Graduate school is an in-depth, specialized education within your chosen discipline. Attending graduate school is a big commitment and needs careful consideration.
The decision of whether to pursue graduate study usually follows from your professional goals. The Career Center offers appointments, career assessments, and a variety of online resources to help you determine your target career (see: Discover Your Options).
Once you’ve chosen a career path, your next task is to answer the following questions:
- Do I need a graduate degree to pursue this career? How will it benefit me? (In some fields, a bachelor’s degrees provides adequate training to enter the workforce. In others, a graduate degree is needed for entry and/or advancement.)
- What types of degrees do most people hold in my field? Which would be most beneficial to me?
- Which institutions should I apply to?
There are many ways to answer these questions. You can visit the Career Center, research online, and talk to people who work in your field. There are also other campus resources such as the Counseling Center and the Office for Academic and Pre-Professional Advising. (See: Additional UMBC Resources.) In addition, these websites may help you make a well-informed decision: gradschools.com, Petersons, “Is Graduate School The Best Option?”
Pursuing a gap year, typically 12-24 months in duration, is one way to gain meaningful experience if a decision to attend graduate school at a later time is made. This experience provides you with an opportunity to assess your strengths and career interests, and build skills that are transferable to the workplace or graduate school. Different types of gap year experiences include traveling, volunteering, teaching, and post-graduate service programs. These opportunities are available to all majors, and may offer benefits including stipends, housing, and/or tuition assistance. For more information see our Gap Year page.
Types of Graduate Degrees
Degrees beyond the bachelor’s degree fall into three broad categories:
- Master’s degree – most commonly, Master of Arts (M.A.) or Master of Science (M.S.) – provides in-depth knowledge in one or more area. A master’s thesis is sometimes required.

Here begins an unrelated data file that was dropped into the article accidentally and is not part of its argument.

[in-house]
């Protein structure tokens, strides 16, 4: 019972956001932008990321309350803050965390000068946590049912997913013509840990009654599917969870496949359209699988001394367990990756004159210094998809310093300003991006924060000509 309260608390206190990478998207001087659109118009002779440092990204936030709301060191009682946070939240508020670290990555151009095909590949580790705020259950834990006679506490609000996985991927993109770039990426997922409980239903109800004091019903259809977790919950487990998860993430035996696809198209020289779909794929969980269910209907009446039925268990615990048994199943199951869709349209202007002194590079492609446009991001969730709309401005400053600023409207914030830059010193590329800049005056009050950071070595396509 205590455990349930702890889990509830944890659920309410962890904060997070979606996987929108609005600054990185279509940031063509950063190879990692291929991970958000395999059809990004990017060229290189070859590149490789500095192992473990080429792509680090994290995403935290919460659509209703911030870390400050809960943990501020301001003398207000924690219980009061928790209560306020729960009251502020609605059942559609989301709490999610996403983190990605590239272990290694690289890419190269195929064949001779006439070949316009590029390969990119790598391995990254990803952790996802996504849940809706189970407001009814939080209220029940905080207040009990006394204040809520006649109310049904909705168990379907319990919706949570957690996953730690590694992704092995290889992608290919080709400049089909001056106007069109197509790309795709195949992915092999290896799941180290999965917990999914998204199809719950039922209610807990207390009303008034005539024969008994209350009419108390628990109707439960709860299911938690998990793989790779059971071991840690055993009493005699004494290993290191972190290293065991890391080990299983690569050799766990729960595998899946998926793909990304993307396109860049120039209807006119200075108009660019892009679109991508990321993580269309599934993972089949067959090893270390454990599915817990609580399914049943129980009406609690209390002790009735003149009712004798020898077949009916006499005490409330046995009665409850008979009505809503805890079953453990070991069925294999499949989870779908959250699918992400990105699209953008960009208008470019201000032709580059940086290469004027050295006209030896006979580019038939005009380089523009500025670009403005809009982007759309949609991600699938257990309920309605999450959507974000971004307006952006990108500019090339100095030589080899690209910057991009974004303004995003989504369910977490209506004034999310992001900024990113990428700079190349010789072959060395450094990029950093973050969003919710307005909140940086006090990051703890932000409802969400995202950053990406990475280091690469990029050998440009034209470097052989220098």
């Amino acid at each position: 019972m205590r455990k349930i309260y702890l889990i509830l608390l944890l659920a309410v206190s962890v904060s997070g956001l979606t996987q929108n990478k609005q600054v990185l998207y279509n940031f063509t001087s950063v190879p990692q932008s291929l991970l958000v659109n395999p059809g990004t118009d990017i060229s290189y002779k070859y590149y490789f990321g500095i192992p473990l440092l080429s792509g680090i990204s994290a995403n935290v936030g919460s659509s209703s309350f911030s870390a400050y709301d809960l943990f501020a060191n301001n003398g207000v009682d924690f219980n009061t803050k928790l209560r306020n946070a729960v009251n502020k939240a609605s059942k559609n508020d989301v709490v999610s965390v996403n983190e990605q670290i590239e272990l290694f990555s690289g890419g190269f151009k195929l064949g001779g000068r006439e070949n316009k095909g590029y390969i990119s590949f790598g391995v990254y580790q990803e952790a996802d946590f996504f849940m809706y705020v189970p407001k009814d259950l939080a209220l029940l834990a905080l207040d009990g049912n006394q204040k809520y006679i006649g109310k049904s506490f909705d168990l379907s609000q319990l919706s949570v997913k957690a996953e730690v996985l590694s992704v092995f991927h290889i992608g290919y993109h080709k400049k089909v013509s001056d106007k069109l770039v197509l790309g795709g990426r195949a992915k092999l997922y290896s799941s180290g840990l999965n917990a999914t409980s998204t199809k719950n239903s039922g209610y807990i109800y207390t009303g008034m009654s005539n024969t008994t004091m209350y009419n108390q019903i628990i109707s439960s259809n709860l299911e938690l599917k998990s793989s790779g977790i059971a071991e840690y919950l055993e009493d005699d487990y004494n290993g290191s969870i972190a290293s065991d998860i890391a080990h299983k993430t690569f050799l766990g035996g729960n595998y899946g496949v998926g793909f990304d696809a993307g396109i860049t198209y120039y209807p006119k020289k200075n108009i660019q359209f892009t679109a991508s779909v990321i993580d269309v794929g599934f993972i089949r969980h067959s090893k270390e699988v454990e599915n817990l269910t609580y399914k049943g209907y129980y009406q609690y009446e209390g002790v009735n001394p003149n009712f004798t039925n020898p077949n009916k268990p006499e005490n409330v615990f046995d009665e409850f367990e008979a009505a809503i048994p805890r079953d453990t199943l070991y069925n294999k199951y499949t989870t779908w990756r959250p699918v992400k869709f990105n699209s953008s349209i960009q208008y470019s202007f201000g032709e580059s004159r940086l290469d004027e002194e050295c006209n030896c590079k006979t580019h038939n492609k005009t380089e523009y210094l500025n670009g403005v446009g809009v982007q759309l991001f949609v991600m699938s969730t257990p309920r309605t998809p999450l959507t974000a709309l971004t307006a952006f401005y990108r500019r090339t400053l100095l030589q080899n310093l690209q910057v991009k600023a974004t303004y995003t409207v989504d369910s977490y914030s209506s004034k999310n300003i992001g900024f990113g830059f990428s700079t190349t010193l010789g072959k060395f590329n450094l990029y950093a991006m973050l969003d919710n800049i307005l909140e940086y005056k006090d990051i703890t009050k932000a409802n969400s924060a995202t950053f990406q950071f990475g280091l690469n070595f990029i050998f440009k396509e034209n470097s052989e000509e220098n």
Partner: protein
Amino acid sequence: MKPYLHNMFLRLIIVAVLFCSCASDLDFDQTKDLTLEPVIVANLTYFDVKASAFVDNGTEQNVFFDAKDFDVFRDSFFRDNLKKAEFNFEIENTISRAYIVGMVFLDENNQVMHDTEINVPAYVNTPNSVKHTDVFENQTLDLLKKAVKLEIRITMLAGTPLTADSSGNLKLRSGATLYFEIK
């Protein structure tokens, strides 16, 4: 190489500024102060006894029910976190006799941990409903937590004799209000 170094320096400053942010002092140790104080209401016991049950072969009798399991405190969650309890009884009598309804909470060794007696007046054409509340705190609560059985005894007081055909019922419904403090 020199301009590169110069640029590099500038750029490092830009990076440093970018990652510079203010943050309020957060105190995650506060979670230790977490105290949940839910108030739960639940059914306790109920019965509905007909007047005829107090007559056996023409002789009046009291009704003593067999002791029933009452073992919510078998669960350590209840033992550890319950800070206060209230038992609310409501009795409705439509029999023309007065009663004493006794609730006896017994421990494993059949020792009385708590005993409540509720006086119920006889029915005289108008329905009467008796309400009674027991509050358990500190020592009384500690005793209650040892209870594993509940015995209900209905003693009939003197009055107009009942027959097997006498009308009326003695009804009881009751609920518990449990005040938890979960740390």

- Doctoral degree – Ph.D. (Doctor of Philosophy) – provides understanding of how to do structured research. You will complete a dissertation and contribute new knowledge to your field of study.
- Professional degree – such as J.D. (Juris Doctor), M.D. (Medical Doctor), M.S.W. (Master of Social Work) – provides specialized training for employment in a specific profession (law, medicine, social work). Clinical or practicum work is often involved in such degree programs.
Graduate degrees may also be pursued through joint degree programs, such as B.A./M.A. programs that allow completion of the requirements for both degrees in five or six years. Other joint degree programs combine graduate degrees into packages, such as J.D./Ph.D. or M.D./Ph.D. These programs often allow for completion of the two degrees in a shorter period of time than if pursued sequentially. This is achieved by allowing certain courses to count toward each of the two degrees. Joint degrees also offer the advantage of allowing a student to apply for and be admitted to both programs at the same time.
Individuals who hold a bachelor’s degree may also undertake postgraduate certificate programs to expand and document their knowledge in specific areas. In general, postgraduate certificates require less time to complete than degree programs.
Special Requirements for Professional Degrees
The application timeline and procedures for professional schools may vary from those of the typical graduate program described on this site. For example, professional degree programs may:
- Require the completion of very specific prerequisite courses
- Have very early application dates
- Require that application materials be submitted through a centralized service (e.g., Law School Data Assembly Service or LSDAS, American Medical College Application Service or AMCAS).
Medical, Optometry and Dental programs
For students applying to medical, optometry and dental programs, UMBC has a structured process to support students with their application. This program helps students to assemble their materials early for review by a UMBC faculty Health Professions Committee. The Health Professions Committee endorses candidates, provides information about the strength of the endorsement (Recommended without Reservation, Highly Recommended, etc.), and creates a cover letter to the professional schools that summarizes the applicant’s qualifications for admission. See the UMBC Pre-Med website for more information.
Pre-Professional School Resources
Another way to obtain information about preparing for professional school is to become a member of related student organizations such as the Pre-law Society, the Pre-Med Society and the Pre-Dental Society, and the Councils of Majors. The Office of Student Life maintains a complete list of student organizations, including those with an academic or pre-professional purpose.
Be alert to the requirements in your chosen field and seek pre-professional academic advisement from the appropriate advisor at UMBC beginning early in your undergraduate career. These advisors hold information sessions, workshops with professional school representatives, maintain libraries of materials from professional schools, and provide tips for applicants.
For additional information on UMBC’s undergraduate advisement coordinators, see Preparing for Graduate School.
Applying to Graduate School
Timeline for Applying